W.O.: You have worked so beautifully with metal work from your blacksmithing experience and also wood. I have seen many of the things that you’ve made over the years, which are just really wonderful and delightful and beautiful. I appreciate them very much.
I think especially with your the work you do with wood. I know that you see pieces of wood all over the property and you’re culling from your own backyard, literally. What is the process that you have with that piece of work? Because something draws you to it.
F.H.: Well, sometimes it suggests something right from the get go and then sometimes it’s just a configuration that’s unusual. And sometimes I trip over these things for years and years before I finally do something. But I guess my modus is to see something that resembles something in my mind. And then make it a little more close to what I see. But I like to maintain that original integrity.
W.O.: The little project you had with the metal figures. Can you talk about that a little bit?
F.H.: A neighbor, JoEllen Falk, gave me a claw-foot bathtub. And she said, I thought you might do something with it. And I’ve had a great time just grinding away and modifying the feet. I don’t add anything to them. I made faces and then you can turn them over and set them up and they just look like little people. And each one has its own unique personality, which is a wonderful aspect.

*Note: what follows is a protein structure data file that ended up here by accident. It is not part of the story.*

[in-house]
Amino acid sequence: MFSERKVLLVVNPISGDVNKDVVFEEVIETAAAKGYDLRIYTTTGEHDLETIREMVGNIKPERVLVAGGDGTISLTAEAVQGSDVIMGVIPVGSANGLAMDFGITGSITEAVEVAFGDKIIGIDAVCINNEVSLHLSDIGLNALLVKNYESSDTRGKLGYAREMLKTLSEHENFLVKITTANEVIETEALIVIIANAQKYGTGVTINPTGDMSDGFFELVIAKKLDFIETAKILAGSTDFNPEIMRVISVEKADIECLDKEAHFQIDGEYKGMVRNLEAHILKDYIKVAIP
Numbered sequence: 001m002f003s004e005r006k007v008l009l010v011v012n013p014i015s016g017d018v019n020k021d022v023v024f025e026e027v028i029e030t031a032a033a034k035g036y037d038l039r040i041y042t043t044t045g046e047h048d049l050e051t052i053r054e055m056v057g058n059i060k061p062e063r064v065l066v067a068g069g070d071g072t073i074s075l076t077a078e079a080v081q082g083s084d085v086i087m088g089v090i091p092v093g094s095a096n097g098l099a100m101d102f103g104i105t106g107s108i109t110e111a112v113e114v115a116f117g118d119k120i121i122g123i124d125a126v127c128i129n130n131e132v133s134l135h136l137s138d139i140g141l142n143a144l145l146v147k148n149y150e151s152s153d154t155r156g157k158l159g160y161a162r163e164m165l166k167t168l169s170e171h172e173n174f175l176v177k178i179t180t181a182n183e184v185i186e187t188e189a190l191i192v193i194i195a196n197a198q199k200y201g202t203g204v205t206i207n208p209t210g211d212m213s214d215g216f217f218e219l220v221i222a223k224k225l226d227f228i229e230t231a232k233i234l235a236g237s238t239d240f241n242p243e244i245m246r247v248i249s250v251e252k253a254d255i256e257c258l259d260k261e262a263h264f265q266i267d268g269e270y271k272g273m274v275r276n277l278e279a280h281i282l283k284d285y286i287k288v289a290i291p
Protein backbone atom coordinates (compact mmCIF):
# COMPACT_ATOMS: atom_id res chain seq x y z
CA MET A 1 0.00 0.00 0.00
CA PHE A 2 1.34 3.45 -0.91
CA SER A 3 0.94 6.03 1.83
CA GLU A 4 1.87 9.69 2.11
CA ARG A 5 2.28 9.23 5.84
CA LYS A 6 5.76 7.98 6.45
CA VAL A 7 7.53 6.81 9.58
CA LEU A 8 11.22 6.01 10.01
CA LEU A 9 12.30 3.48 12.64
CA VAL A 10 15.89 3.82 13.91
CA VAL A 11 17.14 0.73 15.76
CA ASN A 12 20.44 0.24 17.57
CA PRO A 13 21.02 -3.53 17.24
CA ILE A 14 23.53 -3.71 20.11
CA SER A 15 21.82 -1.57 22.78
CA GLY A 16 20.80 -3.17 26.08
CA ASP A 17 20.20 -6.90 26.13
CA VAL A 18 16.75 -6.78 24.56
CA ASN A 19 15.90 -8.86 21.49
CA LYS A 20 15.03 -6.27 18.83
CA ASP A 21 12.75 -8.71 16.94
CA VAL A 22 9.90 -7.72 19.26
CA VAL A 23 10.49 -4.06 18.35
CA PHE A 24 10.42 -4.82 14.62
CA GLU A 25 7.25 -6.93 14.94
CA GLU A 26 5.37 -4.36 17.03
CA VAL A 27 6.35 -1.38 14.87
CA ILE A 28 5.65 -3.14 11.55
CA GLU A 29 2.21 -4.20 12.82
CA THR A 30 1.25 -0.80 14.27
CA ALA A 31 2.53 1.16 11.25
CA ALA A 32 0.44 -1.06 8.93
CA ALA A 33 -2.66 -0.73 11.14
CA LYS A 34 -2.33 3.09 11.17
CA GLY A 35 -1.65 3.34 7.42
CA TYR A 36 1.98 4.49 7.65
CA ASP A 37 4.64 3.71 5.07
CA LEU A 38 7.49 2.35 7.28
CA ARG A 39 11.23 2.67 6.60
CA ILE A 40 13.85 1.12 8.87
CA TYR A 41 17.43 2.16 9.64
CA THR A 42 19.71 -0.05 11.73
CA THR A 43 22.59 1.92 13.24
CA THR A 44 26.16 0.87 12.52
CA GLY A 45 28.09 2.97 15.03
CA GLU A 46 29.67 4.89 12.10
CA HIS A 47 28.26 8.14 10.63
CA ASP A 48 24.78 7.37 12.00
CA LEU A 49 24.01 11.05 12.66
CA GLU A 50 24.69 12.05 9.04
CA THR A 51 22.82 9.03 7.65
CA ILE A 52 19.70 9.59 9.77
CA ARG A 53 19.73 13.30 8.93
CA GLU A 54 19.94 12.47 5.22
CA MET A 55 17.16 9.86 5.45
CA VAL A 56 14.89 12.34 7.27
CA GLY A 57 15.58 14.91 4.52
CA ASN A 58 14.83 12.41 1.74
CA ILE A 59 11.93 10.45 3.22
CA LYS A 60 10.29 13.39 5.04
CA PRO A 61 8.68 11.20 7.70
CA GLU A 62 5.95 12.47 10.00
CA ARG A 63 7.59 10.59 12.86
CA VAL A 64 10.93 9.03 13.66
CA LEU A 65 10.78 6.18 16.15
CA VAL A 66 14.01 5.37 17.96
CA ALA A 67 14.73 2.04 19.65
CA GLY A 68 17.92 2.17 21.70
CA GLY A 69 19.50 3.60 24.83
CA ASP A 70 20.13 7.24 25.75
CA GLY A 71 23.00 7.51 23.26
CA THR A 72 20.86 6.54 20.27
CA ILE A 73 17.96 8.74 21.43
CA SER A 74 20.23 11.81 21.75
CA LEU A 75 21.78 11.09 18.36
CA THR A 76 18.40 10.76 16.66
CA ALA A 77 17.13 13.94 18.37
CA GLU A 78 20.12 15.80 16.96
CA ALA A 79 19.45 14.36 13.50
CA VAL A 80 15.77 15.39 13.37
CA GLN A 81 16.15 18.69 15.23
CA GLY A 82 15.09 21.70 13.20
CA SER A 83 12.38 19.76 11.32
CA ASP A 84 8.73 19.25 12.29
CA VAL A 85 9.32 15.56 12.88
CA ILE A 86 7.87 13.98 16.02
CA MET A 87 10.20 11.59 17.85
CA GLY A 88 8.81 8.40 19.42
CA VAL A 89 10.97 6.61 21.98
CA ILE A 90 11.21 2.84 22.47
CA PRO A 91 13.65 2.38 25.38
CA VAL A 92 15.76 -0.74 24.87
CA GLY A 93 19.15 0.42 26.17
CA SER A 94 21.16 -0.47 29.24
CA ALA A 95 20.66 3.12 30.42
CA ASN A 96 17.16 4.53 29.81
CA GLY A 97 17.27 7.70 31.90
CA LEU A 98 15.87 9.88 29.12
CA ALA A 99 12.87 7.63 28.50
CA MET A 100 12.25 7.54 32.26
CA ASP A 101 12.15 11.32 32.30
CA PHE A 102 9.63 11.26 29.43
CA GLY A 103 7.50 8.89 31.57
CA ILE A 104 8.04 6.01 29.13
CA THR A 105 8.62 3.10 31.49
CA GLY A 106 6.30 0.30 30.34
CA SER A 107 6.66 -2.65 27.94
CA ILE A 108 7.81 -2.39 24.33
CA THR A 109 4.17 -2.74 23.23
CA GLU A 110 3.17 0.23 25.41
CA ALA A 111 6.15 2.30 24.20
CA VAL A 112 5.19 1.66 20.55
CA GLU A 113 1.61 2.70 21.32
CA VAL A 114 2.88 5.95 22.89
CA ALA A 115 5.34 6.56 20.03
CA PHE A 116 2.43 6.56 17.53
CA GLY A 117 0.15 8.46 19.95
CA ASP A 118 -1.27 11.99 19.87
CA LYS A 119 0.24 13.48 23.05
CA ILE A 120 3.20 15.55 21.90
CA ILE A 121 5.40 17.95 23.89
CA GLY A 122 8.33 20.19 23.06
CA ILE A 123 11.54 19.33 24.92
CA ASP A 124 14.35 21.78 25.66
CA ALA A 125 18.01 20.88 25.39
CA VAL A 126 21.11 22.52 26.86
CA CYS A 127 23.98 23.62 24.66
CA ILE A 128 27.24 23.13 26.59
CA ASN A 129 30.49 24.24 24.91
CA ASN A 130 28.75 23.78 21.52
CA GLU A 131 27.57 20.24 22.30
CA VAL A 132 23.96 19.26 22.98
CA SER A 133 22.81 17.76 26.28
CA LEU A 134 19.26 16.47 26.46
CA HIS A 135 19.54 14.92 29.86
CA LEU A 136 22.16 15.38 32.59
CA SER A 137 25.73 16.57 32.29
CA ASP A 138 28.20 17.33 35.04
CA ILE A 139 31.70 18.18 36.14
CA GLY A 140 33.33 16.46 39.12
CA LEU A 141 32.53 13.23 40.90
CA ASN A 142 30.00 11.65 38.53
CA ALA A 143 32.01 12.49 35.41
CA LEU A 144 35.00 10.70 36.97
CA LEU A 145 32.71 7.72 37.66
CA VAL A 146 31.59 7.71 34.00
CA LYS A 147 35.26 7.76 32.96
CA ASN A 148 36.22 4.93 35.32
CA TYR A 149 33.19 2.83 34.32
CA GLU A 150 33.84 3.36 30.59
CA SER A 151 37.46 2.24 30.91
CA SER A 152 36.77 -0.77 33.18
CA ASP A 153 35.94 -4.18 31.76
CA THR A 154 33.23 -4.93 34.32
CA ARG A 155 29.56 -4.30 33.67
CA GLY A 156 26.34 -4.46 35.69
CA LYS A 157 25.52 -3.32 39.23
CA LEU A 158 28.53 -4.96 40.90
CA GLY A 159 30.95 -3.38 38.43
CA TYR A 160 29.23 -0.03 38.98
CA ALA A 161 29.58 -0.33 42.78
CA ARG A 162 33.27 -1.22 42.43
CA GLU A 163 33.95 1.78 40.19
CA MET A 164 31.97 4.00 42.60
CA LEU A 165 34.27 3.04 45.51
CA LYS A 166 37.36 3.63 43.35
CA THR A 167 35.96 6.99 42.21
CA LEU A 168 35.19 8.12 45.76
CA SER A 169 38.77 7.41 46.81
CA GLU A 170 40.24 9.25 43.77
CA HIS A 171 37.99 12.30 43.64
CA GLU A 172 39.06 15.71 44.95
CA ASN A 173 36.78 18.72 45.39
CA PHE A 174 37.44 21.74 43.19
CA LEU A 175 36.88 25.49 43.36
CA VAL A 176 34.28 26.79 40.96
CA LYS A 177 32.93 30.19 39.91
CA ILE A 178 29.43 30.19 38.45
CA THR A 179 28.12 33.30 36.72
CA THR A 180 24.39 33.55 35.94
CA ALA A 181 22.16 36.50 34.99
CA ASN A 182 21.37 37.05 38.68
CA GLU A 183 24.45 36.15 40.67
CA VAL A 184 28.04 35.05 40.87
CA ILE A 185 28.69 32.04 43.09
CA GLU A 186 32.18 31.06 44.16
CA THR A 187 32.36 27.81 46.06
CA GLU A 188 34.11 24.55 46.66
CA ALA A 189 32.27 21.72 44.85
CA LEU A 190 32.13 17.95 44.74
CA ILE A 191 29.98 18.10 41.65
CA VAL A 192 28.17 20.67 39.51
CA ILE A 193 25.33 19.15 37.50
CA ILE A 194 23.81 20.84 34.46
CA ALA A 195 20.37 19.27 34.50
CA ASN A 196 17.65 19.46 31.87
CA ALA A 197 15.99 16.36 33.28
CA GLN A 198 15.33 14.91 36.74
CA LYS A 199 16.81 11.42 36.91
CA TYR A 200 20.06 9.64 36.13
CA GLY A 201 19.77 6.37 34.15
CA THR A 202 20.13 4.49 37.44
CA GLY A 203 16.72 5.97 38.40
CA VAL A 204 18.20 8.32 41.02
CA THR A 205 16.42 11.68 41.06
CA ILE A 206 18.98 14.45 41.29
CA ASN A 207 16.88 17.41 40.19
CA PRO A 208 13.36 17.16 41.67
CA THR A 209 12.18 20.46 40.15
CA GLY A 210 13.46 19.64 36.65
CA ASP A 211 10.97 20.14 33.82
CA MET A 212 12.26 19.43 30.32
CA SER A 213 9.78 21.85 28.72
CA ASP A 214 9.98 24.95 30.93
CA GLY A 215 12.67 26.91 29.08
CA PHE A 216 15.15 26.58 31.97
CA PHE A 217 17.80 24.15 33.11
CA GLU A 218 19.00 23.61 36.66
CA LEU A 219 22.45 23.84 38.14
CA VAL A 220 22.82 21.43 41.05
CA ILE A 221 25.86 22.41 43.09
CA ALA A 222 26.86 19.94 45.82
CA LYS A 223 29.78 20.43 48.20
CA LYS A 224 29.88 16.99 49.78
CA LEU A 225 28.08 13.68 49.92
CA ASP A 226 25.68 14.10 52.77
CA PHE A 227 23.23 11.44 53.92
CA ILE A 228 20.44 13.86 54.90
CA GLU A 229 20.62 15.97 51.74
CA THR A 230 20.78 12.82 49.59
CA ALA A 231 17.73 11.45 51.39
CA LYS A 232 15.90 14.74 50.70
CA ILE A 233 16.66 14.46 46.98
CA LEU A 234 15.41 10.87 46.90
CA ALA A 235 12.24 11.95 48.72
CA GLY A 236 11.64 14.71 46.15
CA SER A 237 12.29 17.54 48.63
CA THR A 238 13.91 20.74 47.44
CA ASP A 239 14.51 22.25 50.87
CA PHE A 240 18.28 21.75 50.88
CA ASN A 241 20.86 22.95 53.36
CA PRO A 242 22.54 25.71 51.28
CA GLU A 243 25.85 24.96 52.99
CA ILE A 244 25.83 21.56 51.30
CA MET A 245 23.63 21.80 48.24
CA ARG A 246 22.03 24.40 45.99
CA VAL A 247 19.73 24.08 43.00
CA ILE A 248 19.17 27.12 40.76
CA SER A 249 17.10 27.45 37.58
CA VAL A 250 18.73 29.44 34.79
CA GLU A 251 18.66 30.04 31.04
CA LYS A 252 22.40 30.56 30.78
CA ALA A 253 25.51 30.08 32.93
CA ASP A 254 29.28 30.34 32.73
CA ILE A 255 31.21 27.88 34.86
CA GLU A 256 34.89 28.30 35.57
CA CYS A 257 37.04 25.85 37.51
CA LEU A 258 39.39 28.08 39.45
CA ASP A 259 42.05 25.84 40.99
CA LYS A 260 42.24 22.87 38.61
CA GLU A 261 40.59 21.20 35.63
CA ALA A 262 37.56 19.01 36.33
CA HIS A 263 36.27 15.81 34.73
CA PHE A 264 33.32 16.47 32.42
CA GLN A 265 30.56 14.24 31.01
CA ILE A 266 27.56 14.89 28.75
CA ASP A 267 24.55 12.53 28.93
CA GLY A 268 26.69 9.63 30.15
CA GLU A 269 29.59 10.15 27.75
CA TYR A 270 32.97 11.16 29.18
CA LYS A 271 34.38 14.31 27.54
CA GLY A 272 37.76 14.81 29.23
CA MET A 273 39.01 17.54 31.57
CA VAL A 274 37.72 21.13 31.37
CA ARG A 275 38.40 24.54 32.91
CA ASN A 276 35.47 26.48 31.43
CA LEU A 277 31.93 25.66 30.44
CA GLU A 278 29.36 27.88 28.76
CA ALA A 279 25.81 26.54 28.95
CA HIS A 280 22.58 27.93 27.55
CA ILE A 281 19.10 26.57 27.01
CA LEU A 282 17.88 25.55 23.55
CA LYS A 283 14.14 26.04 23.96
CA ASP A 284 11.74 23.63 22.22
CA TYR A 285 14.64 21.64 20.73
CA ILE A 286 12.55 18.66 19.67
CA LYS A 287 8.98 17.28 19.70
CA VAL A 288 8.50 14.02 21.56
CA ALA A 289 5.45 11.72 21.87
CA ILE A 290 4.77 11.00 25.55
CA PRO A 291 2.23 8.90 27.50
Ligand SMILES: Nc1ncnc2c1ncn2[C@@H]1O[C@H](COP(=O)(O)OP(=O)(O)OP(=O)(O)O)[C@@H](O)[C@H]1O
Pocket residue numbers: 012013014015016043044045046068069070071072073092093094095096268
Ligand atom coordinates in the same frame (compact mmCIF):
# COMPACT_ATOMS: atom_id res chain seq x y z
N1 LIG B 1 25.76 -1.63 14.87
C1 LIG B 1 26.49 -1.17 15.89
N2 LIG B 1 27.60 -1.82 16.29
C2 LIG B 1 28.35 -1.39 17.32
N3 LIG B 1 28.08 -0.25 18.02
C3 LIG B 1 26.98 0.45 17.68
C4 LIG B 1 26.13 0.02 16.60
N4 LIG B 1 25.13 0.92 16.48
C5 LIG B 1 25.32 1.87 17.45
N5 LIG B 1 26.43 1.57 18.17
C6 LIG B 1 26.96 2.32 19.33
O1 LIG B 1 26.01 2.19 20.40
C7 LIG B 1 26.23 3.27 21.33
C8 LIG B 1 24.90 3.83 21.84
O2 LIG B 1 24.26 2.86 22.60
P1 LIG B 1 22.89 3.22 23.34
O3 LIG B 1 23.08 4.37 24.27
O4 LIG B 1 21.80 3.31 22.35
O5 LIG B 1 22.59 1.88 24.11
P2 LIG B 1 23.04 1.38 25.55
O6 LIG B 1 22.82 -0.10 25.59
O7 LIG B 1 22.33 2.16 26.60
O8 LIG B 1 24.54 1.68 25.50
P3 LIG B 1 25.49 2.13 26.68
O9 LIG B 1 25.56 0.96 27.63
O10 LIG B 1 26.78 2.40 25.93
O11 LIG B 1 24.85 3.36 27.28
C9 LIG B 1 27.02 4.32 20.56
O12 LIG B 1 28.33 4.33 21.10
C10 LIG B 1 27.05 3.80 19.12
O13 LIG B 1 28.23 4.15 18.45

W.O.: You also have something else in the barn that’s unusual. Can you tell us about that?
F.H.: Well, if we are both talking about the same thing, would that be my coffin?
W.O.: Yes, indeed.
F.H.: Gracious. Years ago, I had a dear friend and her father died and she asked if I would come with her to help her select the coffin. And I just found the process incredibly exploitive of a woman in pain and incredibly expensive.
I said, no way. I don’t want to do that. In Newfane, at least — I don’t know if this is the case throughout Vermont — you can be buried on your own property. The Board of Health comes, checks out your site, makes sure you aren’t going to be leeching into somebody’s well.
I picked up $80 worth of lumber at the most and I made my own coffin. I made six handles so it’ll be easy to carry. So for a grand total of probably less than $250, I’m set to go.
And in part, this is a great leverage for anybody who is married. Deb often accuses me of not thinking beyond where I am at the moment. And so whenever she says, “Fred, did you remember to take out the —?,” I say, “No. But I got my coffin ready to go.”
W.O.: And it is absolutely plain. But the other remarkable thing about it—
F.H.: I had a friend who gave me a quote. It’s a John Prine quote: “He lived in heaven before he died.” And she said, “Fred, I really think you ought to stick this on your coffin.” So I stapled this quote up there, and then other people said, “Oh, I have a quote you might like.” So I have quotes from everyone from Yogi Berra to Copernicus.
And just one other aspect about that coffin. It seems a little macabre to some people. It doesn’t seem at all macabre to me because I look at it every day.
But it’s a reminder of the fragility of our existence.